Last weekend, my daughter was invited to her friend’s house. I was supposed to accompany her. When I met the friend’s mother, I was quite pleasantly surprised. Instead of a frazzled and jittery parent (something that I have become for sure), a calm and cheerful person greeted me. Even at the risk of infringing upon privacy, I couldn’t help but blurt out, “Hey, what changed?” I meant for the better as the lockdown had caused the contrary for most of us. She smiled and replied, “I knew you would notice it. I have created some space and a little time for myself.” Immediately my mind conjured up the image of ‘a room.’ A busy government official by profession, she experienced the sense of well-being only after she found her room. In her room, she made crafts, no matter what the printed age for it was, and renewed her relationship with numbers by learning numerology. Her new interests not just alleviated her discomfort but replenished her with patience and poise.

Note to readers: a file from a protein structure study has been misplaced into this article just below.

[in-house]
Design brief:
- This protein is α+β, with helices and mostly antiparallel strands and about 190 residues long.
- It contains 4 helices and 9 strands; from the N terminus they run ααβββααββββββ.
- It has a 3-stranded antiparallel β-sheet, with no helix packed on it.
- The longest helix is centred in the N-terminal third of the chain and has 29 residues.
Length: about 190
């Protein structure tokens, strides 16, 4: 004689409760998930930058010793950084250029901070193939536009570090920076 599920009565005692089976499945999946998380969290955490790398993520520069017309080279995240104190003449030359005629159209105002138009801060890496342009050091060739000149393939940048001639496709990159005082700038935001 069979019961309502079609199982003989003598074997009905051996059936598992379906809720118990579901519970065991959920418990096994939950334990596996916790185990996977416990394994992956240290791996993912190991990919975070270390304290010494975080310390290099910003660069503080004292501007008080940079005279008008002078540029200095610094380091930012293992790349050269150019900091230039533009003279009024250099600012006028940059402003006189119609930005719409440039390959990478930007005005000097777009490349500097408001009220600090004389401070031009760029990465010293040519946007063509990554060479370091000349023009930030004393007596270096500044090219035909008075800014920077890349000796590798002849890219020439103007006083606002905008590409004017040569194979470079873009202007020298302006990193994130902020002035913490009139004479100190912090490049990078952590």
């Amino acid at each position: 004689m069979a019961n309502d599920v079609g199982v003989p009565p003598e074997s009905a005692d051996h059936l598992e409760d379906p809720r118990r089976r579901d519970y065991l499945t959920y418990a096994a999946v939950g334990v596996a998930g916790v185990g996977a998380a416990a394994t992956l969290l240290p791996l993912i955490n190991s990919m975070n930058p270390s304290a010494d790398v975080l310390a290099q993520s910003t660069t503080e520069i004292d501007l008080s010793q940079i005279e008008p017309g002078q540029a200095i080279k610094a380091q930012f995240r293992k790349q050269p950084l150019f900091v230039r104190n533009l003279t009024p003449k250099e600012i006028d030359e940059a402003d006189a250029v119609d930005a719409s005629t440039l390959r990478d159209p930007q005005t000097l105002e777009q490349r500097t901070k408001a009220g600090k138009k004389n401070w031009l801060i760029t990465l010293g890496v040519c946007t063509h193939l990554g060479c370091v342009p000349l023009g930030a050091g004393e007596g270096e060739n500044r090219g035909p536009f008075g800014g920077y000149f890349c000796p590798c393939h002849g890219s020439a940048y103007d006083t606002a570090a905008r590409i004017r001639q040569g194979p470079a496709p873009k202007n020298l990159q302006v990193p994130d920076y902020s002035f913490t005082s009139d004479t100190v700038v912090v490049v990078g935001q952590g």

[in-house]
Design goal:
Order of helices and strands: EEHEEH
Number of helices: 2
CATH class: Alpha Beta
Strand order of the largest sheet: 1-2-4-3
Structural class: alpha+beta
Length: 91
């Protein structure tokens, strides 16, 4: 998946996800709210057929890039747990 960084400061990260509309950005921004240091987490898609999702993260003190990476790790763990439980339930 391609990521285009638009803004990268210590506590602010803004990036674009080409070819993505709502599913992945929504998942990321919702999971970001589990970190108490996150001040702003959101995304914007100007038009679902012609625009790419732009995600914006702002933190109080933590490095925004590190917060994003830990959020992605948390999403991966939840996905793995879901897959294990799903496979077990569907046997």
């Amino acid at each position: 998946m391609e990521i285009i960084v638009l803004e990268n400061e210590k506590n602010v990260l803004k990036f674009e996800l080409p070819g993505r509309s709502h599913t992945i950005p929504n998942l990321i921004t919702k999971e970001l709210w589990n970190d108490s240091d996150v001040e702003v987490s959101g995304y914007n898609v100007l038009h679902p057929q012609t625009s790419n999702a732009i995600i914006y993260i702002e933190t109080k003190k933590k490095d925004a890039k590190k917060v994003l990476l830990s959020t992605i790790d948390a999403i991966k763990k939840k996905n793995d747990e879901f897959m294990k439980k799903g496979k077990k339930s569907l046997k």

An aunt of mine, though too young for that relational term but holding a very prestigious administrative position, took recourse to music. A multi-talented woman, she was already established in traditional dance forms alongside her brilliant career but that she could sing so beautifully was recognised by many only in the past few months. It was perhaps the threat of Covid-19, the subsequent lockdown and the subverting of the stable that propelled many of us to take possession of our own rooms. Below are glimpses into what goes on in some of the rooms ...

Collage of hobby pictures

You may argue that such pockets of fresh air, which I prefer to call ‘a room’ had always existed. Indeed, it was the discovery and extension of the room of a woman called Ashapoorna Devi (1909-1995) that exposed to the world an iconic Bengali novelist, poet and short story writer. Though she was never allowed to go to school and learnt the alphabets by hearing the lessons of her brothers, she created her own room quite early in life. She kept honing her talent till the world was ready to acknowledge it. Her writings are a unique presentation of the struggles of women for equal rights, all of which were conceived in the seclusion of her room. There are many such instances of individuals who came to the fore only when they opened up their rooms to the world. But for most of us, it takes a crisis or an upheaval to search for such a room and seek solace in it.

plant picture